Acute complications include low blood pressure, arrhythmia (abnormal heart rhythm), increased heart rate, and decreased urine output.

Delayed Complications

Delayed haemorrhagic shock is a type of shock that occurs when bleeding continues after initial treatment. This can happen if the person loses too much blood, has an underlying medical condition that prevents proper clotting, or if the initial treatment was not effective. Delayed haemorrhagic shock can be life-threatening and requires immediate medical attention.

Delayed complications can include multiple organ failure, sepsis (an infection-related illness that could be fatal), and death.

Who are At Risk?

A number of different populations are more vulnerable to haemorrhagic shock than others. The following groups are:

  • People who have conditions that affect blood clotting, such as haemophilia
  • People who take blood thinners or other medications that interfere with blood clotting
  • People who have suffered traumatic injuries, such as a car accident or a gunshot wound
  • Pregnant women
  • Elderly people

Signs and Symptoms

If you are at risk of haemorrhagic shock, it is crucial to get medical help right away if you encounter any of these signs. These include:

  • Feeling lightheaded or dizzy
  • Confusion or mental fog
  • Nausea and vomiting
  • Abdominal pain or cramping
  • Pale, cool, and clammy skin
  • Rapid and shallow breathing
  • Weak and rapid pulse

First Aid for Haemorrhagic Shock

When providing emergency care, make sure you follow safety precautions as with any emergency treatment. The first aid steps for haemorrhagic shock are as follows:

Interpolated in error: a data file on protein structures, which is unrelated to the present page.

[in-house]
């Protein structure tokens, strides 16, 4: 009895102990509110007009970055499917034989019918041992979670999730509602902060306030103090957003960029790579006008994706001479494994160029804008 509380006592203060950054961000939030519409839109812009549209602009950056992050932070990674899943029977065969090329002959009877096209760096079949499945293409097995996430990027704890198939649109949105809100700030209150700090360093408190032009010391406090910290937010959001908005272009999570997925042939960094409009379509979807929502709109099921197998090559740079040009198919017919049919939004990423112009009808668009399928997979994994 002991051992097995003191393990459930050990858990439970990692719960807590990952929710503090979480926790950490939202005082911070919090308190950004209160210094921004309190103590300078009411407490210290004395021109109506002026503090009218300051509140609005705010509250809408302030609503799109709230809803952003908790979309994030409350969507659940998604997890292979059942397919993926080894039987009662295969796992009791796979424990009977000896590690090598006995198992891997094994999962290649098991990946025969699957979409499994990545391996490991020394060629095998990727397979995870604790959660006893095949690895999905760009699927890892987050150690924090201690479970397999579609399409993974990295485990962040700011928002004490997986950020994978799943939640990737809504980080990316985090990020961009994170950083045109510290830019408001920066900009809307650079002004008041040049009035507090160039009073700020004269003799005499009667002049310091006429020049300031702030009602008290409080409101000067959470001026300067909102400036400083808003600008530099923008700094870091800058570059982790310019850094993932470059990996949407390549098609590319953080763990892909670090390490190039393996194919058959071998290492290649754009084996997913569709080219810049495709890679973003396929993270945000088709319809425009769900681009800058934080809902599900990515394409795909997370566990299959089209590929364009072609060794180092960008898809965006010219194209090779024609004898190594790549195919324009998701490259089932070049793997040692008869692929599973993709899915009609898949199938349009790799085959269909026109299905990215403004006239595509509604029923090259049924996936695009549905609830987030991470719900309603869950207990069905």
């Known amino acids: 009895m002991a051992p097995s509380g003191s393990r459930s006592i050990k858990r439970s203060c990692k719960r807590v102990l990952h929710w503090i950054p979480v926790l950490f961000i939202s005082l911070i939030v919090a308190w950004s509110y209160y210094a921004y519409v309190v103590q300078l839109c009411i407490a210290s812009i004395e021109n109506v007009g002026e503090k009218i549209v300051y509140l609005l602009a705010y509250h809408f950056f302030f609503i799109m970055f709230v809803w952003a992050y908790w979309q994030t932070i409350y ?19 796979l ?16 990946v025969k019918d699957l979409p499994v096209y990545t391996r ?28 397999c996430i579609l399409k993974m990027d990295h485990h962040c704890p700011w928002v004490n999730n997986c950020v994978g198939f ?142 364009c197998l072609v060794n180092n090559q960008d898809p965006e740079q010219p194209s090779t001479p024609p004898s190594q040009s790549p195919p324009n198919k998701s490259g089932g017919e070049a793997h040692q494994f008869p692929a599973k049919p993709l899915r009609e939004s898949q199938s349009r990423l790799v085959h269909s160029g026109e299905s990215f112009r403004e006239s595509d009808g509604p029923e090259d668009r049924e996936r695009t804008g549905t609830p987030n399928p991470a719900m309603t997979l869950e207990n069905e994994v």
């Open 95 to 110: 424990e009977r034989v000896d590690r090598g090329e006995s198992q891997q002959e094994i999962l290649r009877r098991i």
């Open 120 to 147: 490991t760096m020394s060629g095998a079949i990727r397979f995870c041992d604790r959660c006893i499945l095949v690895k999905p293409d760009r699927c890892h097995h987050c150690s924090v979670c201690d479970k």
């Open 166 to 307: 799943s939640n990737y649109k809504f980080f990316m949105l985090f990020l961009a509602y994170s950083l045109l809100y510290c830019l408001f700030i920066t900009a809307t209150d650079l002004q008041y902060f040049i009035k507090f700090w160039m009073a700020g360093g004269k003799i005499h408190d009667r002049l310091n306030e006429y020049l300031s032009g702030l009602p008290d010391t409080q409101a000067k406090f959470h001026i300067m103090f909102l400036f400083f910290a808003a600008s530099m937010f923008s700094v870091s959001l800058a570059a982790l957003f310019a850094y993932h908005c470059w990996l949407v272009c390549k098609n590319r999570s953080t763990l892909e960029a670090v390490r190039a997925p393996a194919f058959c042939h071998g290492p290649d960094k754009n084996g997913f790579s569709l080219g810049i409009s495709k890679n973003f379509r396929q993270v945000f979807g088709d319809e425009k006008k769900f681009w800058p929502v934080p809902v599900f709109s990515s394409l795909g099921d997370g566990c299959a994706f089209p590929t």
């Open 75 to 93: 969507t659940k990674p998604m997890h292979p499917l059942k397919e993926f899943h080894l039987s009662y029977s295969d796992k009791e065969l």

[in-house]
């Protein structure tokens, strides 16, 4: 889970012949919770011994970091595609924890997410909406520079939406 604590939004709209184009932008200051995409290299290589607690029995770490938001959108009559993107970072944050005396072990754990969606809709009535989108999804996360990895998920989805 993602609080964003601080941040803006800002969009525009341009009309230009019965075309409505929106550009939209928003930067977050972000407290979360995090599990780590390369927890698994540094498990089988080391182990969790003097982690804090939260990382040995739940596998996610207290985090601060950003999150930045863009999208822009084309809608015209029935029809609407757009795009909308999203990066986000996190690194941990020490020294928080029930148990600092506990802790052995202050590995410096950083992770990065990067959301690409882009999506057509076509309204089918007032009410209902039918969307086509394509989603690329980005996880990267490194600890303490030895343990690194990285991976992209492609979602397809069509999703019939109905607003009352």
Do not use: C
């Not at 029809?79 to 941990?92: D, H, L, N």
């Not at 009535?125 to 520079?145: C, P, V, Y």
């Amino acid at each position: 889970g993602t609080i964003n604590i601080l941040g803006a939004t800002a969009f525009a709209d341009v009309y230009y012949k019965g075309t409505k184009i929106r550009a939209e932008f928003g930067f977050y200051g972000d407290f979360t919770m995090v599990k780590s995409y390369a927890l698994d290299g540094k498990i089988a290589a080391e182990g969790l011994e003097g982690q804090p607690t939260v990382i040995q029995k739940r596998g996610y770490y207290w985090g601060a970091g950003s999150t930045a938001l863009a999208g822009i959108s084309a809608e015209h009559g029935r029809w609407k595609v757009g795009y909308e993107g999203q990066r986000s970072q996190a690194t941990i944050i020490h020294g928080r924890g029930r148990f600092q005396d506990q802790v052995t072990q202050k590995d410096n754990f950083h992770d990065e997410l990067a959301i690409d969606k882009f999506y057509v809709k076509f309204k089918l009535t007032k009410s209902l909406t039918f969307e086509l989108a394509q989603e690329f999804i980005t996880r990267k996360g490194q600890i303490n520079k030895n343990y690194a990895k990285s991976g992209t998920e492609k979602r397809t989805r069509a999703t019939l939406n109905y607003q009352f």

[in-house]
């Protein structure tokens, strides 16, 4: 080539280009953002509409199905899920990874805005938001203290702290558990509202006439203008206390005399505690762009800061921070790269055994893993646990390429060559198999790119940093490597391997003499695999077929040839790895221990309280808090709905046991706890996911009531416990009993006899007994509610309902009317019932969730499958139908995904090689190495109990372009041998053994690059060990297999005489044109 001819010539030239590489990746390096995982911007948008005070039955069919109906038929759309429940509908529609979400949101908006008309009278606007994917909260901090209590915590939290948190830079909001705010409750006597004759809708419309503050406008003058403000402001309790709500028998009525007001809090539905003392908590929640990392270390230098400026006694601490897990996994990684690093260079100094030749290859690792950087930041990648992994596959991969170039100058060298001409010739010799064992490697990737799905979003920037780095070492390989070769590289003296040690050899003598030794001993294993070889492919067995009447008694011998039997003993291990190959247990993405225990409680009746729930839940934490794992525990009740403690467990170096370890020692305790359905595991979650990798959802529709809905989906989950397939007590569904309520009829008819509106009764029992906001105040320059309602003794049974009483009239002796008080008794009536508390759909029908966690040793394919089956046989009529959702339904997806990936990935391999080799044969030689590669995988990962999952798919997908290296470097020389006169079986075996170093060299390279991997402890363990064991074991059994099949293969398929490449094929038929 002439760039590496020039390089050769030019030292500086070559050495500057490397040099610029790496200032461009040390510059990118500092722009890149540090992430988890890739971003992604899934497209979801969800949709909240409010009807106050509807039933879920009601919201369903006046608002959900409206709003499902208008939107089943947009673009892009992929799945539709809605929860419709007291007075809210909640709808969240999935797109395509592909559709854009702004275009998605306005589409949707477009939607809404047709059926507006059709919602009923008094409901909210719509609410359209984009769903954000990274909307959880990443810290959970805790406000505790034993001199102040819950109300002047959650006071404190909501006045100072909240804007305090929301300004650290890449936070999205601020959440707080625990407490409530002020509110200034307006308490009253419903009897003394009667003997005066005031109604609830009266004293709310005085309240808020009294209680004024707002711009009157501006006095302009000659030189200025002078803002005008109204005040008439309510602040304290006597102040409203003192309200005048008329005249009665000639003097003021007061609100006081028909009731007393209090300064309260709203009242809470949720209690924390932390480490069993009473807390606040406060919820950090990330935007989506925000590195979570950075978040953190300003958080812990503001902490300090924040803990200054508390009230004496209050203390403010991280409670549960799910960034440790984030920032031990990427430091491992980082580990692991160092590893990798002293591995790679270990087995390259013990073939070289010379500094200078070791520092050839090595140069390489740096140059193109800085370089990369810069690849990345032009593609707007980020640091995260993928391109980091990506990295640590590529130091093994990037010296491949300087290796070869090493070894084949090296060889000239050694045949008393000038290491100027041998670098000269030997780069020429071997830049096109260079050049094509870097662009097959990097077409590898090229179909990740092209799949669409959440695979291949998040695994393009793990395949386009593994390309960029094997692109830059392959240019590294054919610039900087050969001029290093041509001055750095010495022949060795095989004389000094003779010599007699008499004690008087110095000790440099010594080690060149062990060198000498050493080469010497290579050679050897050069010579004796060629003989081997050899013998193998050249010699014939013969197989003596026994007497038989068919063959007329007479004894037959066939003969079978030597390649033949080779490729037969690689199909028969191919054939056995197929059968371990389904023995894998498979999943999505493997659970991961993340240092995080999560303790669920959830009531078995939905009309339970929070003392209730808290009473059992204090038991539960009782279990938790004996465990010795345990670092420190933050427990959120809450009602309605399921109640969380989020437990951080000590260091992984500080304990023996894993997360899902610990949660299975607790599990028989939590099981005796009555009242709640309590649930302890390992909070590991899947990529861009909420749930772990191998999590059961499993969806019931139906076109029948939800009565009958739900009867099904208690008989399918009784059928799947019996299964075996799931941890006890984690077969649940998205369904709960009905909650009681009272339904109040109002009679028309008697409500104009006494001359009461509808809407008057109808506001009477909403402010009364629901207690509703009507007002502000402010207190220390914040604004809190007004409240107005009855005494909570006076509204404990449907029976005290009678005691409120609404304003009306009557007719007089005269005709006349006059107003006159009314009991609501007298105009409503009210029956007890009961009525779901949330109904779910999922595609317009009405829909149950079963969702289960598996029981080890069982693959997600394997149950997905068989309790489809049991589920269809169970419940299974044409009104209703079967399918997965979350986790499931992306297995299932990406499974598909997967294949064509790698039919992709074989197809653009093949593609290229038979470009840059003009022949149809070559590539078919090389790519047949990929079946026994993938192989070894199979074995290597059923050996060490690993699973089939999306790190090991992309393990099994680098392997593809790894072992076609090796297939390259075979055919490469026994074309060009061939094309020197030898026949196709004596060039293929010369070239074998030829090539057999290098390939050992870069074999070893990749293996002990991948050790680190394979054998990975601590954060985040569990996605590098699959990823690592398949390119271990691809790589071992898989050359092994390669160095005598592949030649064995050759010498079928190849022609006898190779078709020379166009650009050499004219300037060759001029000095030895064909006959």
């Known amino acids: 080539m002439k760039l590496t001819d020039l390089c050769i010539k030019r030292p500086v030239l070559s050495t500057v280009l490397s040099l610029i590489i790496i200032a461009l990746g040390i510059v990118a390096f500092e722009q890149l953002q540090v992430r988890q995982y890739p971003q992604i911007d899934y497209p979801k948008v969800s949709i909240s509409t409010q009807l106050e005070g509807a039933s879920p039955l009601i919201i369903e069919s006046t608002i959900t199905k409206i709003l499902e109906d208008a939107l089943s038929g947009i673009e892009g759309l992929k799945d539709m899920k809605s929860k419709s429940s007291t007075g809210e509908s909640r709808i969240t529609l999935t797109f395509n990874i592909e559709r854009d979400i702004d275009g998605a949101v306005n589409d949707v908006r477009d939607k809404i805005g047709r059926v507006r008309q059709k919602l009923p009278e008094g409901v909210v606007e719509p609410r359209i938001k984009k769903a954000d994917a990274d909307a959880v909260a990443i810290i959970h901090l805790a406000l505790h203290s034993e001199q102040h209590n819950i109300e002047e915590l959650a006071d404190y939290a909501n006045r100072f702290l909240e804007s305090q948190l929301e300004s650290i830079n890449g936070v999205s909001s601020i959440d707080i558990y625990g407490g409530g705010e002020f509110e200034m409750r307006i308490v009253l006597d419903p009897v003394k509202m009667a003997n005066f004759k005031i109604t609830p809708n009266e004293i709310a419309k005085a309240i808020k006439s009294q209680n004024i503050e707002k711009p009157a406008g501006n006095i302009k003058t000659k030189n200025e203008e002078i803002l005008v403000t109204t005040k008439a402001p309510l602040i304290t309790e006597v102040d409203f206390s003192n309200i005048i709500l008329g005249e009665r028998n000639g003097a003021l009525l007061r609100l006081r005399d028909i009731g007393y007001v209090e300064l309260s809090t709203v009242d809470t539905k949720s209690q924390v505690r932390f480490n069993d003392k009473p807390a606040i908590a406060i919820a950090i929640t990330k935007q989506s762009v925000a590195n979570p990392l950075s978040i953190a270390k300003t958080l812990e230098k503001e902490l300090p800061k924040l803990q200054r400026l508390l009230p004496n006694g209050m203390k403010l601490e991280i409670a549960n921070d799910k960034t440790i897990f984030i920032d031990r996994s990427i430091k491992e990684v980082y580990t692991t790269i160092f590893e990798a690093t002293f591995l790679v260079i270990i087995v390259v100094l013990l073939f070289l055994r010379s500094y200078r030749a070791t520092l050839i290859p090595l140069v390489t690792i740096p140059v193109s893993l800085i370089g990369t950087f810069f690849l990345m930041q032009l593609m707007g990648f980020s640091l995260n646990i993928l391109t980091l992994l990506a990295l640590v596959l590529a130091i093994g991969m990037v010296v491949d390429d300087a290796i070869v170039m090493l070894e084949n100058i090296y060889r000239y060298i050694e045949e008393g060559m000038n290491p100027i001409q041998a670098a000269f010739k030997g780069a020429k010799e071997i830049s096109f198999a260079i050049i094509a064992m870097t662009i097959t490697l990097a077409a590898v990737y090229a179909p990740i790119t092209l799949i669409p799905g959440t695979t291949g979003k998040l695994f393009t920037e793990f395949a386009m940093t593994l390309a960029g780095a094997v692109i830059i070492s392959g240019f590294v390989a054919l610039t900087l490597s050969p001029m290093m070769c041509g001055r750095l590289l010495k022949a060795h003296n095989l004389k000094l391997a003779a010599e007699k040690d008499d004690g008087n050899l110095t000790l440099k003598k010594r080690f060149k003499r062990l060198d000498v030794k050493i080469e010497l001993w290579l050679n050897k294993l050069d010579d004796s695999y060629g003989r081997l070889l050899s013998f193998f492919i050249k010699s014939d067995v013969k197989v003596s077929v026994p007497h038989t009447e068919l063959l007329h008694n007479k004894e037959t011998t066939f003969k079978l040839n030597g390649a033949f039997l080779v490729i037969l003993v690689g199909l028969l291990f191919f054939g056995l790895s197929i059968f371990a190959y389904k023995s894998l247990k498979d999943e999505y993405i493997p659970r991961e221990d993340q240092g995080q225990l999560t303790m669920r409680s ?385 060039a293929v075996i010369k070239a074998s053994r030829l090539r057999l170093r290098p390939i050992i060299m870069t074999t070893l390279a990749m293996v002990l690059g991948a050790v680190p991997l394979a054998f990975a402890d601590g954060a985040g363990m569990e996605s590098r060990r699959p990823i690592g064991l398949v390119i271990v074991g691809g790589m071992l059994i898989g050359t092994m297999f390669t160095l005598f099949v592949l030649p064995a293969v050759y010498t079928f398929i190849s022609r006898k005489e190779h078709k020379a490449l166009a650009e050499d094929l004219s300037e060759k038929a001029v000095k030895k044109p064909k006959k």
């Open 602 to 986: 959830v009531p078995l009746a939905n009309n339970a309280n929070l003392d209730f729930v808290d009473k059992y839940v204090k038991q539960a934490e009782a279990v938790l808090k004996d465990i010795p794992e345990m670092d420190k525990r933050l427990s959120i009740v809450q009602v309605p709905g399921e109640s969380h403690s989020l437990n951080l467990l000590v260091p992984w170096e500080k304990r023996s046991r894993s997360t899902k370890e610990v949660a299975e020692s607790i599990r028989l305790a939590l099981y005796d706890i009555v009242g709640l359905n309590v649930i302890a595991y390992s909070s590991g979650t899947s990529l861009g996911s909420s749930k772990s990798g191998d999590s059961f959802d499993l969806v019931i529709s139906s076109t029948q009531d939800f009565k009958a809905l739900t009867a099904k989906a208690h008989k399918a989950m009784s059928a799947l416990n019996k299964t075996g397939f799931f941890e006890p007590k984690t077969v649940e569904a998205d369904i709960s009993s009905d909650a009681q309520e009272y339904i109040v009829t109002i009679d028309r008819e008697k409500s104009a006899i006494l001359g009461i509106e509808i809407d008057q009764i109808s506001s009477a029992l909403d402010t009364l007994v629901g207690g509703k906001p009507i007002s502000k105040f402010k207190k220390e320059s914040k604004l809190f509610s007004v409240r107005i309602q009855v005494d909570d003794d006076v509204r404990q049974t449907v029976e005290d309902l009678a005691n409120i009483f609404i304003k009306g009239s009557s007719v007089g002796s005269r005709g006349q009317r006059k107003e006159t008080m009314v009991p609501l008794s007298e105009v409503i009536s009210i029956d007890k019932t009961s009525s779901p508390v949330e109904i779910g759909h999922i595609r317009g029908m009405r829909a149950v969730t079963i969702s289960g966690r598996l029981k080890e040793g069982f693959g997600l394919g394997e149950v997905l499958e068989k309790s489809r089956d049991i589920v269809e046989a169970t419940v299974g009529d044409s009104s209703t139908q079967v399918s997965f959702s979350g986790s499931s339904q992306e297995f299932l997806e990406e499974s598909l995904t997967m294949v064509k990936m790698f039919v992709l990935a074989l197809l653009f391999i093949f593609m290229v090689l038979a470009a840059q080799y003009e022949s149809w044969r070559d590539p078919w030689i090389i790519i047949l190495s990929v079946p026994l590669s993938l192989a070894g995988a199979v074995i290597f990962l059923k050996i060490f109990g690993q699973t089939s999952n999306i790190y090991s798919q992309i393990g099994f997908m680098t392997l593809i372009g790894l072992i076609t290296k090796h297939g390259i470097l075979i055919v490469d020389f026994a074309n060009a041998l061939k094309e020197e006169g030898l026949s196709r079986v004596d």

1. Call the local hotline or triple zero (000) immediately.
  2. Apply direct pressure to the site of bleeding.
  3. Elevate the legs above the level of the heart.
  4. Administer oxygen if available.
  5. Monitor vital signs and administer fluids as directed by medical personnel.

"Emergency care: Follow safety steps. Treat haemorrhagic shock."

Haemorrhagic Shock Treatment

The main goal of treatment for haemorrhagic shock is to restore blood flow and volume. This is done by giving fluids intravenously (through a vein) or by transfusing blood products. In some cases, surgery may also be necessary to stop the bleeding.

Intravenous Fluids

Intravenous (IV) fluids are a mainstay of treatment for hemorrhagic shock. They can be used to help maintain blood pressure and improve perfusion to vital organs. IV fluids can also help replace lost blood volume and provide essential electrolytes.

Blood Transfusion

Is the next step if intravenous fluids are not sufficient to stabilise the patient


Are used to raise blood pressure and improve perfusion in patients who remain hypotensive despite fluid resuscitation.


Is required to control bleeding in some cases, which may involve packing wounds and ligation of bleeders. In some cases, fresh frozen plasma or platelets may be administered.

Best Practices in Preventing Haemorrhagic Shock

There are a few ways that medical professionals recommend to prevent haemorrhagic shock:

Firstly, it is important to control any bleeding as soon as possible. This can be done by applying direct pressure to the wound and elevating the limb if possible.

If the bleeding is severe, then a tourniquet may need to be applied. 

It is also important to replace any lost fluids as soon as possible through intravenous fluids or blood transfusions. 

I’m Interested to be a First Aider, Where Can I Enrol?

CPR First Aid (RTO 21903) is a leading provider of compliant and high quality first aid training. Our first aid courses at Cnr Ferry Rd and, Cotlew St E, Southport 4215 and several other locations are tailored to best suit your needs. Classes are dynamic, delivered by fully qualified trainers, and packed with varied emergency scenarios to 100% prepare you for unfavourable workplace or community circumstances. Call us for more information.